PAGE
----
So. How do we get a fractal out of this? Well, it turns out that as you vary the value of A, the points at which the equation 'rests' are different: sometimes it just stays at one point, sometimes it stays at 2, and sometimes is goes all over the bloody place.

To graph it, I set the start value for x at 0.2, and then, by varying the value of A, different points can be found. In the program, x is set at 0.2, then I feed it through the equation 100 times to make sure it has settled down into a loop. After this, I go through the loop an extra few hundred times, but after every time, I put a dot on the screen. The X co-ordinate is A, and the Y co-ordinate is the new value of x that has been found.

Pascal source code is below:

uses crt,dos; 
var XVal,A:double; 
 Procedure Iterate; 
 Begin {Do the formula X = ax(1-x)} 
 asm           { Go into graphics mode, 320x200 dots } 
  mov ax,13h 
  int 10h 
 port[$3c8]:=0;      {Set the colour palette to go from black to white} 
 for i:=0 to 255 do 
  port[$3c9]:=i div 4; 
  port[$3c9]:=i div 4; 
  port[$3c9]:=i div 4; 
 for x:=0 to 319*8 do  {Scan through the lines on the screen (320), 
  but it is done 8x per line in a different position, to make it 
  look smoother} 
  XVal:=0.2;       {Set Starting X value to 0.2} 
  A:=2.9+(x/(320*8)); {Find value for A, it only really works around 
                      3 and 4, so thats the only range of values we do} 
  for i:=0 to 100 do {Calculate a few times, to get it to settle down} 
  for i:=0 to 511 do {Now plot points on the screen} 
   Iterate;   {Go to next point} 
   Y:=round(XVal*200); {Calculate position on screen (always between 0 and 1)} 
   if (y>=0) and (y<=199) then { Check it is actually between 0 and 1 :) } 
    w:=(x div 8)+(y*320); {Work out where on the screen memory we must look} 
    c:=mem[$A000:w]; {Get colour} 
    inc(c,1);        {Make slightly whiter} 
    if c>255 then c:=255; {Make sure it hasn't gone past white back to black again} 
    mem[$A000:w]:=c; {Write out to screen} 
 readkey; {Wait for a keypress} 
 textmode(lastmode); {Go back to text mode} 

Now for the big one! The mandelbrot.
This actually seems quite simple... It is iterations again, using the formula Y=X² + C. You set X to zero, then set up C according to where you are on the page (more of that later). You just iterate until the size of X is greater than 2, and the colour depends on the amount of iterations you had to do. But unfortunately there's a catch, the values of X and C aren't proper numbers. Infact they're complex numbers. Time for a detour:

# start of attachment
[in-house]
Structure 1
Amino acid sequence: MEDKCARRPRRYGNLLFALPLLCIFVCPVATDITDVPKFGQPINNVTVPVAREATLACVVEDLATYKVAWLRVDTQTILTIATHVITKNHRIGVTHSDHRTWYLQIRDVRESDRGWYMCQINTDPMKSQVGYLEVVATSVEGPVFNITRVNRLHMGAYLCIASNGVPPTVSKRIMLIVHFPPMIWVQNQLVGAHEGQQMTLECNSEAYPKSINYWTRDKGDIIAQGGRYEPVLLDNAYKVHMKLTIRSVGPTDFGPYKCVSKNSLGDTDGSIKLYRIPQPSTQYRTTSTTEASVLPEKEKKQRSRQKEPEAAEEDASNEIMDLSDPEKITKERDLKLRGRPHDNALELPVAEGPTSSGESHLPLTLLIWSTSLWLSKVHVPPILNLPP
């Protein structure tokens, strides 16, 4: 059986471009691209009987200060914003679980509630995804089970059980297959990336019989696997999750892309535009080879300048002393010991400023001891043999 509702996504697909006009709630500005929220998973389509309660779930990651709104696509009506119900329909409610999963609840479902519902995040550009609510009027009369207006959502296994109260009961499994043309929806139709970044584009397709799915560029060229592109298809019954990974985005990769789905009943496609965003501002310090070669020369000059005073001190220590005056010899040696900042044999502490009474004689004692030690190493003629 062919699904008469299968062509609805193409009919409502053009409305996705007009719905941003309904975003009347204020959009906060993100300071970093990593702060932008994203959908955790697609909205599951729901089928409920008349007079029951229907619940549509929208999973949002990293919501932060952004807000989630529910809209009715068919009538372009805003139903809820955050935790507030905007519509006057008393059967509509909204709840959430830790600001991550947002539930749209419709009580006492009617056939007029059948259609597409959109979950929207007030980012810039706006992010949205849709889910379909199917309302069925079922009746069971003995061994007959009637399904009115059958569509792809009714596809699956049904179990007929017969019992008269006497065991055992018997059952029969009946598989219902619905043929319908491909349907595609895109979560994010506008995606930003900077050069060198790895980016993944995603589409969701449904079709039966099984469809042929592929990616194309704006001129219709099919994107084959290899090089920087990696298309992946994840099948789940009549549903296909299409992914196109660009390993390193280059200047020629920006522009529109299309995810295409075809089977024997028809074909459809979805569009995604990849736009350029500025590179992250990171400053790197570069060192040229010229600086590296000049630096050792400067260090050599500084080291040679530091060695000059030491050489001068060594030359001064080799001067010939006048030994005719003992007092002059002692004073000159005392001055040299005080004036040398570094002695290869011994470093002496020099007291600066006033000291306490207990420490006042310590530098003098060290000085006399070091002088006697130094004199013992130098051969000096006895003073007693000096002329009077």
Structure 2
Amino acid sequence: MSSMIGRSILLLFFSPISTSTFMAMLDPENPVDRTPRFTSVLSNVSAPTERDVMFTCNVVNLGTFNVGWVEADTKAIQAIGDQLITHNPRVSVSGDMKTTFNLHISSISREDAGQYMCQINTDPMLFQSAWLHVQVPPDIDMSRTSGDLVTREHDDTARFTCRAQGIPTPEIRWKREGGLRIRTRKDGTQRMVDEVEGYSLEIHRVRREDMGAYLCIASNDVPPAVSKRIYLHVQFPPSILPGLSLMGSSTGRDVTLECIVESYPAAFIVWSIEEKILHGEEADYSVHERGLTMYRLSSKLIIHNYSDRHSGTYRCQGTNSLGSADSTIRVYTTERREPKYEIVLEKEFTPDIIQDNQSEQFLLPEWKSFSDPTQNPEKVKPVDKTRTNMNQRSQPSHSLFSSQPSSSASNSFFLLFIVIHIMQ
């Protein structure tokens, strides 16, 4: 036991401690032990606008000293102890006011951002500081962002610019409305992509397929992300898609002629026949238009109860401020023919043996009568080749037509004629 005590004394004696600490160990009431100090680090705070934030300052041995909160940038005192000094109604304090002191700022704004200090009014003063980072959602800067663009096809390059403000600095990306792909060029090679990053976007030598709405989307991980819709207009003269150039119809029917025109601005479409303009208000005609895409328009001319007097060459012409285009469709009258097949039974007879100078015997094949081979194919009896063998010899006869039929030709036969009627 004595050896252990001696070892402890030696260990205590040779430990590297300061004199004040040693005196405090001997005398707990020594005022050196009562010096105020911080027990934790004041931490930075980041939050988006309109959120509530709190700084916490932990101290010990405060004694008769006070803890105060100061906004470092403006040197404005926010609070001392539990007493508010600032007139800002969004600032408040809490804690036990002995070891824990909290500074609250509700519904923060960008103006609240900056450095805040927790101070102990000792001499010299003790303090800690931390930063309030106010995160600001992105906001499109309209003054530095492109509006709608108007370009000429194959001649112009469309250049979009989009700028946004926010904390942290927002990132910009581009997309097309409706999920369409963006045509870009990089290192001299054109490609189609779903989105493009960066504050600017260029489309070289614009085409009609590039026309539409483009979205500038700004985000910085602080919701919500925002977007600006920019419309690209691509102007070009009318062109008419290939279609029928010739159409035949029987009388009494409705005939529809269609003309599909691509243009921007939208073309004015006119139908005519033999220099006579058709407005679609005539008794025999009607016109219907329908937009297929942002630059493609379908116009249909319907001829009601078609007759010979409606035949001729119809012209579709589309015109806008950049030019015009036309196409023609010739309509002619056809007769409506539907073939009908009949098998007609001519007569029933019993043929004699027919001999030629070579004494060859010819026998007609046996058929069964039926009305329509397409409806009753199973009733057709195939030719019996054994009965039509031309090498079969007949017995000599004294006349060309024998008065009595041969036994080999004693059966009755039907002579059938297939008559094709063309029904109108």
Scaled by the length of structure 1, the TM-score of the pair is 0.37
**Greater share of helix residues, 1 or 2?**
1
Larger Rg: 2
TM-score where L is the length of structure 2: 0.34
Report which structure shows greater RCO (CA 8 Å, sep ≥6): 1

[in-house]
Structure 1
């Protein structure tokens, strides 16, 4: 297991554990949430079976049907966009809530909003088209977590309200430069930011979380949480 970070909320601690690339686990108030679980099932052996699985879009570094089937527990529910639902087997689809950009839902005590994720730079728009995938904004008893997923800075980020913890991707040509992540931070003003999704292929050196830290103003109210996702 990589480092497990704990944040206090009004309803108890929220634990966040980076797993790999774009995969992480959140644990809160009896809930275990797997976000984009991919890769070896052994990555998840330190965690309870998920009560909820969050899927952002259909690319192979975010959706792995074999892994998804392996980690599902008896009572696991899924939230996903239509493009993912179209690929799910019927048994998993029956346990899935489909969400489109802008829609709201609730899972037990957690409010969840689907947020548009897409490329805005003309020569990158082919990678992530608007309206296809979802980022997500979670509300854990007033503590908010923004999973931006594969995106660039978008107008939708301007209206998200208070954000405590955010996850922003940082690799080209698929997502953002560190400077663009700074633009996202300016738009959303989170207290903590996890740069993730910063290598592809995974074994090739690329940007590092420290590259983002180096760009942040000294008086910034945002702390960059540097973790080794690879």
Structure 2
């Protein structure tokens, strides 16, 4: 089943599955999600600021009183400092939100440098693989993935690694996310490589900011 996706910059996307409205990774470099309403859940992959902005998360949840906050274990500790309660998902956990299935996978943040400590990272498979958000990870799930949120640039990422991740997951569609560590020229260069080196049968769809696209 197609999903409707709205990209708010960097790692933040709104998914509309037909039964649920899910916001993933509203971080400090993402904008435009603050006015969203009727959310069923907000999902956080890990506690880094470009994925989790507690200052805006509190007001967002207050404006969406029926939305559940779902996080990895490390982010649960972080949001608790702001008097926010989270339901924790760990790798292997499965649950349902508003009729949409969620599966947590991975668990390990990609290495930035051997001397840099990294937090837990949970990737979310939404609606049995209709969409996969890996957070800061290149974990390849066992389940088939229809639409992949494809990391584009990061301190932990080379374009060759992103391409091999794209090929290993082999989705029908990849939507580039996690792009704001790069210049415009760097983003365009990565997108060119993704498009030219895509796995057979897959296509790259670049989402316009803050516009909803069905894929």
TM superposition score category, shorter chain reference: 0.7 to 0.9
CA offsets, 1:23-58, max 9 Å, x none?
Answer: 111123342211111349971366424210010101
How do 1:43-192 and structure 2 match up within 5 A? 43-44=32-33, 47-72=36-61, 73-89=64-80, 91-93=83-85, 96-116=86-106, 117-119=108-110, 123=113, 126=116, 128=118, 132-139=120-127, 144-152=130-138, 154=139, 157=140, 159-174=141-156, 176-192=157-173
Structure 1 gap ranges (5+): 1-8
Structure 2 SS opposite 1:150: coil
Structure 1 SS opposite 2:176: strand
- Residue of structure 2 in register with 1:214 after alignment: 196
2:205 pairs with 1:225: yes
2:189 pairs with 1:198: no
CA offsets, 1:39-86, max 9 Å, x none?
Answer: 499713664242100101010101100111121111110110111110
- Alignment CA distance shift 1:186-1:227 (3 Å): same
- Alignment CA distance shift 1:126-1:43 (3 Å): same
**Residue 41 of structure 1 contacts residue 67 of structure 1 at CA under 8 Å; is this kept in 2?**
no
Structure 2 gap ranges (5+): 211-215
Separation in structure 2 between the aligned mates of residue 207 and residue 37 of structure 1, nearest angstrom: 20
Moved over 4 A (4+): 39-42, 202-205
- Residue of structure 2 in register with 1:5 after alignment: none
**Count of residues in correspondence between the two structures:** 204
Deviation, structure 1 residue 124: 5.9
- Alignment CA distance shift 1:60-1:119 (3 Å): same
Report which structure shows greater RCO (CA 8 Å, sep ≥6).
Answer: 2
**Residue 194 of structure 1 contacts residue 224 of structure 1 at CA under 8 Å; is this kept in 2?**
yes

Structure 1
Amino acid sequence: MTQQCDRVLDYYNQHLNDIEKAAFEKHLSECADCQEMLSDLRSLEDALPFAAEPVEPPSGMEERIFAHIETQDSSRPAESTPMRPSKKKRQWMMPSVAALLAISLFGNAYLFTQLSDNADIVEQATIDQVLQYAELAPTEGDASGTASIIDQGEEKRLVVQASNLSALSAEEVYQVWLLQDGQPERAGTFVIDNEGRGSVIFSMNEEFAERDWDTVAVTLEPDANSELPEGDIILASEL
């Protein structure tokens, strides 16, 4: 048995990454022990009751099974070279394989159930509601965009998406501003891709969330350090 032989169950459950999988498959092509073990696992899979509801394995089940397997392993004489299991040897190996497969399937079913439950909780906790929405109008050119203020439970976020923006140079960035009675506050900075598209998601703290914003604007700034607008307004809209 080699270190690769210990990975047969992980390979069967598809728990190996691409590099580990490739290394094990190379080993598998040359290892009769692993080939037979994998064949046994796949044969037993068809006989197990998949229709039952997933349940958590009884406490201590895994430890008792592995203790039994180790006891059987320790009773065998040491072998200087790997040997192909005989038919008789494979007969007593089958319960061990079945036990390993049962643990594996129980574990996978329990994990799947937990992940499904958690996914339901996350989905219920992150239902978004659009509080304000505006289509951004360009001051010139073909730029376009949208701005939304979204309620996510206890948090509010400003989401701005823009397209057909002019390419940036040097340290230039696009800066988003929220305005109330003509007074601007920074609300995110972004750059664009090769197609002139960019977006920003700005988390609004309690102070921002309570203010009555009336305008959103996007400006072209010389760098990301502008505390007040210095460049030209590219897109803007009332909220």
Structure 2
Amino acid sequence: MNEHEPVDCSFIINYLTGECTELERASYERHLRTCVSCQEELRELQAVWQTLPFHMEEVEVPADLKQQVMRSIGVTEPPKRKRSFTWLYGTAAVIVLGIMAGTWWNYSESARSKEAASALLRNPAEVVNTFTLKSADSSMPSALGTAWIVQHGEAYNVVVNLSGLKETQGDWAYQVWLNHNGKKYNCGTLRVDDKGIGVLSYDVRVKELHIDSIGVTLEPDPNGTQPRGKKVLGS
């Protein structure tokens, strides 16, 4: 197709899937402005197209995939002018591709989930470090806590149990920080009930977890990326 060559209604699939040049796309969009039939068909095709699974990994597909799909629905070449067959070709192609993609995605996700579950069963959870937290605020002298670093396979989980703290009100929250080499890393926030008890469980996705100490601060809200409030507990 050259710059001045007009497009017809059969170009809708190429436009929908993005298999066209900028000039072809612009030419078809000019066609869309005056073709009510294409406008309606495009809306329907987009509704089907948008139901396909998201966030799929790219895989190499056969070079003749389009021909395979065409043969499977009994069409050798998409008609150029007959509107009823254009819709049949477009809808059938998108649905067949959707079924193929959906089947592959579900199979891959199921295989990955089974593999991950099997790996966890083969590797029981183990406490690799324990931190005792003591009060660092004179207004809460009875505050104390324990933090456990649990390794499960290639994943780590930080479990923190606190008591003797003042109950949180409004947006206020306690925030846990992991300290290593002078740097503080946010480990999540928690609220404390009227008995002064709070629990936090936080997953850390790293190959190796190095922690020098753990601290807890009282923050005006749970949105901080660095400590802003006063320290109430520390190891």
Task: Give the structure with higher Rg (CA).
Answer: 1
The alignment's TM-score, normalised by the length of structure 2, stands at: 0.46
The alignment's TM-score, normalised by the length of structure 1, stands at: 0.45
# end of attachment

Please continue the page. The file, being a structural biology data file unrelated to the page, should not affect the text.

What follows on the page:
Whats the square root of -1? Well, As you probably know, there isn't really one. But, to solve a lot of annoying problems, mathematicians made one, called i. i is actaully the square root of -1, so i*i=-1. Now, you can't actually combine a number with i in and a normal number, so they call it a complex number, and you have to write it as 2 parts e.g. 13 + 24i.

This is how the mandelbrot is created, the complex number is a way to make it in 2 dimensions, because you can store 2 numbers in one. But, how do you add complex numbers? Well, thats real easy, say we have X, and Y. X is A+Bi, and Y is C+Di. So X+Y is A+C+Bi+Di = (A+C) + (B+D)i.

Multiplying is a bit more difficult though. Infact, its just bloody nasty. Now, I'm guessing you've done quadratic equations, and how to expand brackets, so if you have (a+b)(c+d) you first multiply the last bracket be a, then by b, and add them together, so you get: a(c+d) + b(c+d) = ac+ad+bc+bd. In a complex number, thats what you do as well: (a+bi)(c+di) = a(c+di) + bi(c+di) = ac+adi+bci+bdi² But, i is the square root of -1, so square it, and you get -1. This means the formula can be simplified a bit : ac-bd+(ad+bc)i.

Well, thats how to do math with complex numbers, so how does this relate to Mandelbrot? Well, you set C up in the formula y = x² + C so that the 'real' bit of the number is the X co-ordinate, and the 'imaginary' (i) bit is the Y co-ordinate. These are usually between -2 and 2.

Unfortunately, we need all this maths 'cos most programming languages don't cope with complex numbers, and we have to treat them as seperate variables. If I say that X is made of A + Bi, Y is made of F + Gi and that C is made of D + Ei, then via algebra we can say that:

F = A² - B² + D

G = 2AB + E

This is basically our formula sorted, but what about that bit about finding the size of X? How do you cope with finding the size of a 2D variable. Well, it turns out you can use pythagoras... If you have a right-angle triangle with sides X,Y and hypotenuse H, pythagoras says that X² + Y² = H². We just use X as our real part, Y as our imaginary part, and H is whats left. So.. F²+G²<2² F²+G²<4